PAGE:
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mortals have refources that others are not able to comprehend. But God bless you, whose great genius has not fo tranfported you as to leave you to the courtesy of mankind; for wealth is liberty, and liberty is a bleffing fitteft for a philofopher,-and Gay is a flave just by two thousand pounds too little.And Horace was of my mind, and let my Lord contradict him if he dares.
Bath, Nov. 12. 1728.
Have paffed fix weeks in queft of health, and found it not; but I found the folly of folicitude about it in a hundred inftances; the contrariety of opinions and practices, the inability of phyficians, the blind obedience of fome patients, and as blind rebellion of others. believe at a certain time of life, men are either fools or phyficians for themfelves, and zealots or divines for themselves,
It was much in my hopes that you intended us a winter's vifit; but last week I repented that with, having been alarmed with a report of your lying ill on the road from Ireland; from which I am just relieved, by an affurance that you are ftill at Sir A's planting and building two things that I envy you for, befides a third, which is the fociety of a valuable lady. I conclude, (though I know nothing of it), that you quarrel with her, and abuse her every day, if she is fo. I wonder I hear of no lampoons upon her, either made by yourself, or by others, because you esteem her. I think it a vast pleasure, that whenever two people of merit regard one another, fo many fcoundrels envy and are angry at them: it is bearing teftimony to a merit they cannot reach; and if you knew the infinite content I have received of late, at the finding yours and my name conftantly united in any filly fcandal, I think you would go near to fing lo triumphe! and celebrate my happiness in verfe; and, I believe, if you will not, I hall. The infcription to the Dunciad is now printed, and inferted in the poem. Do you care I should fay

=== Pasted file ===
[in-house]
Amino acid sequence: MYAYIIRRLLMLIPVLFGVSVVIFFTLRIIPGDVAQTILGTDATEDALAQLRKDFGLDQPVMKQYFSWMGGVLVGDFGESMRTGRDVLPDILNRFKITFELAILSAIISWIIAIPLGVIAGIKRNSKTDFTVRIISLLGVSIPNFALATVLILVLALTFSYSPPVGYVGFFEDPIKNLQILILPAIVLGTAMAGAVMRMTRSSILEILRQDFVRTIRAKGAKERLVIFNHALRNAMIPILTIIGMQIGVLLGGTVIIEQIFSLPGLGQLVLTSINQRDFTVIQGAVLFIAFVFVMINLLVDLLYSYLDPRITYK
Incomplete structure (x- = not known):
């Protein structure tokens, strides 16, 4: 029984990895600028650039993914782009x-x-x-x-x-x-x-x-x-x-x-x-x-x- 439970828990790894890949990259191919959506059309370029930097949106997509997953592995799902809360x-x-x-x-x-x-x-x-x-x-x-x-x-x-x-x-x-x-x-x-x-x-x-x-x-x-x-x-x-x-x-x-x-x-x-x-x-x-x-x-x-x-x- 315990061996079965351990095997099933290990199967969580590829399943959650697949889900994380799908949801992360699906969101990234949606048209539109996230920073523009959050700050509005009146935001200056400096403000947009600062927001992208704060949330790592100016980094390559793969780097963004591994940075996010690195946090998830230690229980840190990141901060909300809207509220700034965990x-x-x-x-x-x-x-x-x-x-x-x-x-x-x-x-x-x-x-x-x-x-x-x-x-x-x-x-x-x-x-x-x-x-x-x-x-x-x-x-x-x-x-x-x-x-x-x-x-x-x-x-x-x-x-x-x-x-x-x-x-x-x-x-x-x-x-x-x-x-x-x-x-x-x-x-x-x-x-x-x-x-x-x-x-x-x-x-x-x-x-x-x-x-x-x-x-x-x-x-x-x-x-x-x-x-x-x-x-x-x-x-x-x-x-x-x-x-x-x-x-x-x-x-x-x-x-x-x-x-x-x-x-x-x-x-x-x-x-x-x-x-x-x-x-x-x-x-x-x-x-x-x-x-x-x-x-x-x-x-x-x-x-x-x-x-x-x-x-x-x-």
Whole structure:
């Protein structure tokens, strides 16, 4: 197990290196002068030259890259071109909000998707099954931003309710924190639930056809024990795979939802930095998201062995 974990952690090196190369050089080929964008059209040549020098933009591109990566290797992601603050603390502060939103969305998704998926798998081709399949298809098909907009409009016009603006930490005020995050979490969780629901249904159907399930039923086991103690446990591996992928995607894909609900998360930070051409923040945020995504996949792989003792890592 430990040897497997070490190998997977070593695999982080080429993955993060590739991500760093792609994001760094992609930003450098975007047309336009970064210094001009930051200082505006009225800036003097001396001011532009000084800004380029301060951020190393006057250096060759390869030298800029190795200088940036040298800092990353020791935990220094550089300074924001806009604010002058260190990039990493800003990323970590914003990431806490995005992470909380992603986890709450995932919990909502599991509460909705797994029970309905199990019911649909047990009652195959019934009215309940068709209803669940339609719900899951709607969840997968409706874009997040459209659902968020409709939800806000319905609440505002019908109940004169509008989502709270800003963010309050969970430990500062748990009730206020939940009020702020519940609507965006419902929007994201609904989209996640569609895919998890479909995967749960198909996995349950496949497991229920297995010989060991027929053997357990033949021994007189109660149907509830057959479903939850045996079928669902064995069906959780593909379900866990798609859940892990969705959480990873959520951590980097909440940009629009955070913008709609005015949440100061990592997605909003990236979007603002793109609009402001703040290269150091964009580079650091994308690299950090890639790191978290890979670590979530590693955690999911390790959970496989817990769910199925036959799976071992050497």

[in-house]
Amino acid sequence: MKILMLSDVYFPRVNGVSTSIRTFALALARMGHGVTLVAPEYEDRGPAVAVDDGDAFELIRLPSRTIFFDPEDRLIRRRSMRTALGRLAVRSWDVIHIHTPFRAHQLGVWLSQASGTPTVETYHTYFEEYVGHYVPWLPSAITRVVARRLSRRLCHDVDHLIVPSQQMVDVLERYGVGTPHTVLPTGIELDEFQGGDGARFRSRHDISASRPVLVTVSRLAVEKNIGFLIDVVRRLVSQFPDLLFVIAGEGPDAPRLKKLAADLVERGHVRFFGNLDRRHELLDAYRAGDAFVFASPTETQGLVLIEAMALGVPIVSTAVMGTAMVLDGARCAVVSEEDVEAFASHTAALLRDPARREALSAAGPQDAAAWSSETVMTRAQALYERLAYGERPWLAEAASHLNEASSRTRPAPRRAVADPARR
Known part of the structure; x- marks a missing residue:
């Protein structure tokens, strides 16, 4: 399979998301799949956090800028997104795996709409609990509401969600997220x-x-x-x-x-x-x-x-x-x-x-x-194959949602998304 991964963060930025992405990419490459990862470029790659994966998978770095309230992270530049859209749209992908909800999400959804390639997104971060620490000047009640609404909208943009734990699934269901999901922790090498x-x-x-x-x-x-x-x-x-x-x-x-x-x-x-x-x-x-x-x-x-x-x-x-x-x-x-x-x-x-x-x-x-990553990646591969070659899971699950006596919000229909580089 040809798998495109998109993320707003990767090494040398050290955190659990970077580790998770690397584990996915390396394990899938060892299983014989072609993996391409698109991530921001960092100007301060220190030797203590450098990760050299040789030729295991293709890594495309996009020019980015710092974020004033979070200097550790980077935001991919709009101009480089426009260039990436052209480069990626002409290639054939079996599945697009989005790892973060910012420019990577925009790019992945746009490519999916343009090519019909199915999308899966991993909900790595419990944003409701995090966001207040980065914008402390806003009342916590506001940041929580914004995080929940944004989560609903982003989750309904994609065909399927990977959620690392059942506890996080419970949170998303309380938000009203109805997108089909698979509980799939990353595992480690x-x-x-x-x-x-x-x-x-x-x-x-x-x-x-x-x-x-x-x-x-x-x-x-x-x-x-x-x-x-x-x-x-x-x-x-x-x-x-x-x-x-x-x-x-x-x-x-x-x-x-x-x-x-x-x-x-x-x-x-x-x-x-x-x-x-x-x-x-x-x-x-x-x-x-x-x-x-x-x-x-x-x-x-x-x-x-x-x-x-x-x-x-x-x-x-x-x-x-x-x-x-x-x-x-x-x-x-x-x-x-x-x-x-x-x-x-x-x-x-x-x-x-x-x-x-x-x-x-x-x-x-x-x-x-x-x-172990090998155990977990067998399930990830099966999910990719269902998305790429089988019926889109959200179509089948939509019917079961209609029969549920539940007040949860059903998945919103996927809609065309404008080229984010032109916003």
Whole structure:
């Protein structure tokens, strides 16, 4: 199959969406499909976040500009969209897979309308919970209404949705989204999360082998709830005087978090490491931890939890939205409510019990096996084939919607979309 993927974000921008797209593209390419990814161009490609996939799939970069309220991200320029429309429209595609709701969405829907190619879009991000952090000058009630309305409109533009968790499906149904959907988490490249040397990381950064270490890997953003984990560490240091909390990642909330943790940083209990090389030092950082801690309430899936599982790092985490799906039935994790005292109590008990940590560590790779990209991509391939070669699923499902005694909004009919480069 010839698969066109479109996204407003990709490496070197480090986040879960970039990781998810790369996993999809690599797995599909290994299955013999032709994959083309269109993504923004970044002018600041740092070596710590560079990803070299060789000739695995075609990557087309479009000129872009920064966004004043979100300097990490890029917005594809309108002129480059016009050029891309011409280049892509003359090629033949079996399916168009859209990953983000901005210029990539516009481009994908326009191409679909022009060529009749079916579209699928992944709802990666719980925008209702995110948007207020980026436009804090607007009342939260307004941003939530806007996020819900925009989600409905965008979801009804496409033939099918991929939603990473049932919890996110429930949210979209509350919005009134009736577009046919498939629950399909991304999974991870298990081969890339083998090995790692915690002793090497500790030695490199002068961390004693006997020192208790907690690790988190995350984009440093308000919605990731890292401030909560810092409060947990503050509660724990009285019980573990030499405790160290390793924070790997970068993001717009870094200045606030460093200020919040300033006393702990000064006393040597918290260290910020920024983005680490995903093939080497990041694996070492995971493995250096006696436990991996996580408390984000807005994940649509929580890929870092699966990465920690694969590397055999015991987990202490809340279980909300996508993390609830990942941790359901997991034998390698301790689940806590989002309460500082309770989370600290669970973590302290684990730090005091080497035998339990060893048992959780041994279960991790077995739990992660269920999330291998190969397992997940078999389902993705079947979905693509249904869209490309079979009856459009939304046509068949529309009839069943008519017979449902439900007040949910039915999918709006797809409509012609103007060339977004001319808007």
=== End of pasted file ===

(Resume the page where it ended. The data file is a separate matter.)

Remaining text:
any thing farther how much that poem is yours? fince certainly without you it had never been. Would to God we were together for the reft of our lives! The whole weight of fcribblers would just serve to find us amufement, and not more. I hope you are too well employed to mind them. Every stick you plant, and every stone you lay, is to fome purpose; but the bufinefs of fuch lives as theirs is but to die daily, to labour, and railing nothing. I only wish we could comfort each other under our bodily infirmities; and let those who have fo great a mind to have more wit than we, win it and wear it. Give us but ease, health, peace, and fair weather! I think it is the best wish in the world, and you know whose it was. If I lived in Ireland, I-fear the wet climate would endanger more than my life; my humour, and health; I am so atmospherical a crea
I must not omit acquainting you, that what you heard of the words fpoken of you in the drawing-room, was not true. The fayings of princes are generally as ill related, as the fayings of wits. To fuch reports little of our regard should be given, and less of our conduct influenced by them.
From Dr SWIFT.
Dublin, Feb. 13. 1728.